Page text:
Woody Creek teen pleads guilty in Aspen area sex assault cases
A Woody Creek teen charged with sexually assaulting four local girls pleaded guilty Thursday to rape and physical assault in exchange for a plea deal that could make him a free man in two decades.
Henry Henley, 18, entered what are known as Alford guilty pleas in two of the four sexual assault cases filed against him last year. Aspen prosecutor Don Nottingham agreed to dismiss the 15 charges remaining against Henley in all four cases, and not to file any more charges in connection with other possible sexual assaults that were reported to police but never resulted in charges against him.
With an Alford plea, a defendant pleads guilty but does not admit guilt. Instead, the defendant agrees that evidence against him is likely to result in conviction.
Henley was 17 when he was charged with the four sex assault cases, though he was charged as an adult. However, The Aspen Times has never publicly identified him because Henley asked a District Judge to hold a hearing to determine whether his cases should be handled in juvenile court instead of adult court. Juveniles are generally not identified in The Times.
That hearing, however, was repeatedly rescheduled over the past several months and was supposed to take place Thursday and Friday. Henley, however, decided to accept the plea deal instead and the hearing was canceled.
Thursday’s sexual assault plea includes Henley’s admission that he used physical violence to force the victim to submit to being raped, while the second-degree assault plea includes an admission to using a deadly weapon.
Under terms of the deal, Henley will serve five years in the Colorado Department of Corrections Youthful Offender System, where he will receive sexual offender treatment and rehabilitation. After that, he will spend at least the next 15 years — and possibly the rest of his life — on probation. The Probation Department will assess whether Henley can be released from probation after those 15 years.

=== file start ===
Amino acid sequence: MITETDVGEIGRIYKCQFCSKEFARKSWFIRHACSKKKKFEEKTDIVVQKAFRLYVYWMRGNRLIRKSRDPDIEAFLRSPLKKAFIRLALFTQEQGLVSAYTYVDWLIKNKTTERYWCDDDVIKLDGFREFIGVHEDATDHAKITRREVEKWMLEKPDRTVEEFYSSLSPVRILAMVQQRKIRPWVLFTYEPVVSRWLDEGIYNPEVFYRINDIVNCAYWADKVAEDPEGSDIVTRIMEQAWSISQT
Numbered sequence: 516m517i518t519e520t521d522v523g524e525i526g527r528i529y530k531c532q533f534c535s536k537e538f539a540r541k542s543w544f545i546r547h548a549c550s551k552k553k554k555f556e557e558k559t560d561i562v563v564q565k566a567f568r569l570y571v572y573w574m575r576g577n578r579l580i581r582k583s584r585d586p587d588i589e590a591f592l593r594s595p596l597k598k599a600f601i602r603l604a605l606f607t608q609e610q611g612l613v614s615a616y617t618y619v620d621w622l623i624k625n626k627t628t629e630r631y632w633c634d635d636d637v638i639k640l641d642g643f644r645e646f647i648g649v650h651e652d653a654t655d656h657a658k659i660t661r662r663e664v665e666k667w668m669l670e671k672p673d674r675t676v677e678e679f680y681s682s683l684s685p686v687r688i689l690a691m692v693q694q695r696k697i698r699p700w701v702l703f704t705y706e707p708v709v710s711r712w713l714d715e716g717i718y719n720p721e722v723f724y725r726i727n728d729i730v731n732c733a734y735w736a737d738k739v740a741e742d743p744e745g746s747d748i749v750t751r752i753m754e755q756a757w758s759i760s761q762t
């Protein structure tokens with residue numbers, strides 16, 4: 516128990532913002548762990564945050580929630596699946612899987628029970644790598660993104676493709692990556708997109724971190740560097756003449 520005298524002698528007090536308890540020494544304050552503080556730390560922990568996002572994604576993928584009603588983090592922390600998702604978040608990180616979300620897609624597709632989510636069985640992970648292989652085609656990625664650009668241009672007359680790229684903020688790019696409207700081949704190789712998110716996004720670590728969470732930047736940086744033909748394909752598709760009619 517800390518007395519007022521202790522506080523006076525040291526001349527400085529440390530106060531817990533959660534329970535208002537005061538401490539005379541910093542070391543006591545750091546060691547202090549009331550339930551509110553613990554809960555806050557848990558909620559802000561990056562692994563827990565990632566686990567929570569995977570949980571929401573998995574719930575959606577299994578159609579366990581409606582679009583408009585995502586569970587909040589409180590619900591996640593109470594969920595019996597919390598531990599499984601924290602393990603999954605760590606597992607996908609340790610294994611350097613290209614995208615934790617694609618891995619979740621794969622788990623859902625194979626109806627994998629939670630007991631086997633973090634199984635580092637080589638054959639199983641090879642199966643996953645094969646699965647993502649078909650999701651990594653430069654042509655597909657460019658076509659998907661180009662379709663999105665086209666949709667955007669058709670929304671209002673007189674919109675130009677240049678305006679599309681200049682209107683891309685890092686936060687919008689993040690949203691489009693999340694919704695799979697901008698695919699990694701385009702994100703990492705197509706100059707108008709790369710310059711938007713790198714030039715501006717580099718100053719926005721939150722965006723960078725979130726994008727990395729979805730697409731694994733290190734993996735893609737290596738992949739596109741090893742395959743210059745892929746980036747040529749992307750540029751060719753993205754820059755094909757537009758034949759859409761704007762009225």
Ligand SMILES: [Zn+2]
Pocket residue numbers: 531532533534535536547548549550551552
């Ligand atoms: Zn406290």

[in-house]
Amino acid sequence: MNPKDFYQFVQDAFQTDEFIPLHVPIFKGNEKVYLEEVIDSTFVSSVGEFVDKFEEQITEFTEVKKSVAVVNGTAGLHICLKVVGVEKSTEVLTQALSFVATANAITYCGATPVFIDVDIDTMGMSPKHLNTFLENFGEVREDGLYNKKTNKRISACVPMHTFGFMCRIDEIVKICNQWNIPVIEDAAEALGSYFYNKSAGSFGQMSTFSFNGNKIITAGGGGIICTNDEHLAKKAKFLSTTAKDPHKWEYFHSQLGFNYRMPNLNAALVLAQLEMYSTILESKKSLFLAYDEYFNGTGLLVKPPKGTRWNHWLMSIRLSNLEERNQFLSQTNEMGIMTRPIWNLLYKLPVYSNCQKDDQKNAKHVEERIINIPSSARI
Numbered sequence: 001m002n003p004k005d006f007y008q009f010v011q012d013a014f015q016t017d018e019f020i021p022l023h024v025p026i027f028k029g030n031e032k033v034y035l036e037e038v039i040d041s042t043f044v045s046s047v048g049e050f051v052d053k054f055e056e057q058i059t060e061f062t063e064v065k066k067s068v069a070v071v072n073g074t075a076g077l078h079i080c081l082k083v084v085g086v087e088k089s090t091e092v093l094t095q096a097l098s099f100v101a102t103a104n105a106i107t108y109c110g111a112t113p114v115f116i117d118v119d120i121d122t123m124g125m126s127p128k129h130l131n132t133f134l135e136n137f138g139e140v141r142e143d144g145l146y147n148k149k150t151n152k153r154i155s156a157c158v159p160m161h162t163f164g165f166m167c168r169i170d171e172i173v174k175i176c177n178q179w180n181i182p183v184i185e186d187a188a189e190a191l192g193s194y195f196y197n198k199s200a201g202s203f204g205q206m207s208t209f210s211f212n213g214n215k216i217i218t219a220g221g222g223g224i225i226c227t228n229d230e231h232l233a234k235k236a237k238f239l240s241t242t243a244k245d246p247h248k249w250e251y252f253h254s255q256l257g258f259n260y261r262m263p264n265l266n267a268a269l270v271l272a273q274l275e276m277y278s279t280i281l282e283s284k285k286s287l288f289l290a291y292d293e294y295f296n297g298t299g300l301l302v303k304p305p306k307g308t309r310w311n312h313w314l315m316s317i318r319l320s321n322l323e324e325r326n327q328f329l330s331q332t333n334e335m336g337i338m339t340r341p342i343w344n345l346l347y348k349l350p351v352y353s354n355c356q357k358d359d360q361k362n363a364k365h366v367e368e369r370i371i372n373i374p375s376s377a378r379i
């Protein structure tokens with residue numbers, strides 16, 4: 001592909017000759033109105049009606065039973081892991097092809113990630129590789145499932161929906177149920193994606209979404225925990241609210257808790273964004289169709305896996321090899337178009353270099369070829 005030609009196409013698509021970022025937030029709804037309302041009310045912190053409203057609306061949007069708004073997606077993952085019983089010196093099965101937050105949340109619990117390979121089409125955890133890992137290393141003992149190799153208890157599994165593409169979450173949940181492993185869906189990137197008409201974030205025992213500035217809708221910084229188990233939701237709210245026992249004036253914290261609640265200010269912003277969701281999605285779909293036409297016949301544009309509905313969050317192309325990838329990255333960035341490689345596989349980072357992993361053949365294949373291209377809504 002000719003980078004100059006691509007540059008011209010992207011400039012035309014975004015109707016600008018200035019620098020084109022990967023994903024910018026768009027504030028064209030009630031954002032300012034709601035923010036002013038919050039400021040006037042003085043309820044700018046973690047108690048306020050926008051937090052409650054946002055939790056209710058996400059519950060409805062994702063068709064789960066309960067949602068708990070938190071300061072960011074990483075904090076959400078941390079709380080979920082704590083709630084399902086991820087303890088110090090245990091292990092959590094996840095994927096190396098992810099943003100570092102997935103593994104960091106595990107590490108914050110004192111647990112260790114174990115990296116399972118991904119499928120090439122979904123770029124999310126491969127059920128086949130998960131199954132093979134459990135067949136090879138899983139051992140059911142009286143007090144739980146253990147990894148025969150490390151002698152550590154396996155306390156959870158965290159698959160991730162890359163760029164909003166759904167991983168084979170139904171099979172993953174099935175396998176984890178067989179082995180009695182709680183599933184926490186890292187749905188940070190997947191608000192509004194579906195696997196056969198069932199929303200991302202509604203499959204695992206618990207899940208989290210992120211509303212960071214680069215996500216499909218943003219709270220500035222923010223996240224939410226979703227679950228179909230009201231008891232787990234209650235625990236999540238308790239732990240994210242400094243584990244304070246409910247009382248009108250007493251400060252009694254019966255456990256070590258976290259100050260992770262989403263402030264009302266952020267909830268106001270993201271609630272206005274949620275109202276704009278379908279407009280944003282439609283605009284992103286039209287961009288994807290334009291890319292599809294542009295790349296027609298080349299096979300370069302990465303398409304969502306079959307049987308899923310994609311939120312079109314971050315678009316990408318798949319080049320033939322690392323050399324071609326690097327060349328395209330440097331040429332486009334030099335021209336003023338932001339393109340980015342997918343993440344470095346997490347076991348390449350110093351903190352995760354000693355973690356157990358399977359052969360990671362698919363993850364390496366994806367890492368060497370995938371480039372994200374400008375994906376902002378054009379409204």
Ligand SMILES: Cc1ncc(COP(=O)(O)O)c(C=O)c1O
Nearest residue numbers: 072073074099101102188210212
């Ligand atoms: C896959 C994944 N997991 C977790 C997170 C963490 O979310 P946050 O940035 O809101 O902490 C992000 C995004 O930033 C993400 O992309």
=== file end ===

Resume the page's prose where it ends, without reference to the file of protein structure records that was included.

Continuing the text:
Henley also will have to register as a sexual offender for the rest of his life.
When Nottingham outlined the plea deal in open court in May, he said he offered it because of Henley’s young age and to “minimize the potential trauma to victims” who would have to testify at trial.
Trent Trani, Henley’s lawyer, praised the Youthful Offender System at the time and said the plea deal was “a good offer.”
“It’s a great program for young people who need to be there,” Trani said in May.
Henley was charged in October with raping and choking two Aspen High School girls in July 2018. He also was charged with sexually assaulting another girl at a party Labor Day Weekend. Finally, Henley was facing charges for allegedly sexually assaulting a 5-year-old girl he was babysitting in 2016.
Nottingham said Wednesday that he’d spoken to all of the parents of the alleged victims in the case and all knew about Thursday’s plea hearing. The mother of one of the girls was the only one to attend Thursday, though she declined to comment afterward.
Henley barely spoke in court Thursday except to answer yes or no to District Judge Chris Seldin’s questions about whether he understood what he was doing.
Henley is scheduled to be officially sentenced Sept. 16 after probation officials complete a pre-sentence investigation and psycho-sexual evaluation of him.
Keegan Callahan, 21, of Woody Creek also is facing charges for allegedly raping and choking one of the high school girls with Henley. Callahan also is charged with raping the second victim Henley admitted assaulting Wednesday, though the incident allegedly occurred on a different date.
Callahan’s charges are pending. He is being held at the Garfield County Jail because Pitkin County Jail officials didn’t want to house him and Henley in the same jail.
Support Local Journalism
Support Local Journalism
Readers around Aspen and Snowmass Village make the Aspen Times’ work possible. Your financial contribution supports our efforts to deliver quality, locally relevant journalism.
Now more than ever, your support is critical to help us keep our community informed about the evolving coronavirus pandemic and the impact it is having locally. Every contribution, however large or small, will make a difference.
Each donation will be used exclusively for the development and creation of increased news coverage.
Start a dialogue, stay on topic and be civil.
If you don't follow the rules, your comment may be deleted.
User Legend: Moderator Trusted User
A notorious con man and lifelong thief caught four years ago living in a well-appointed cabin he built on Aspen Mountain is back in town and back in trouble.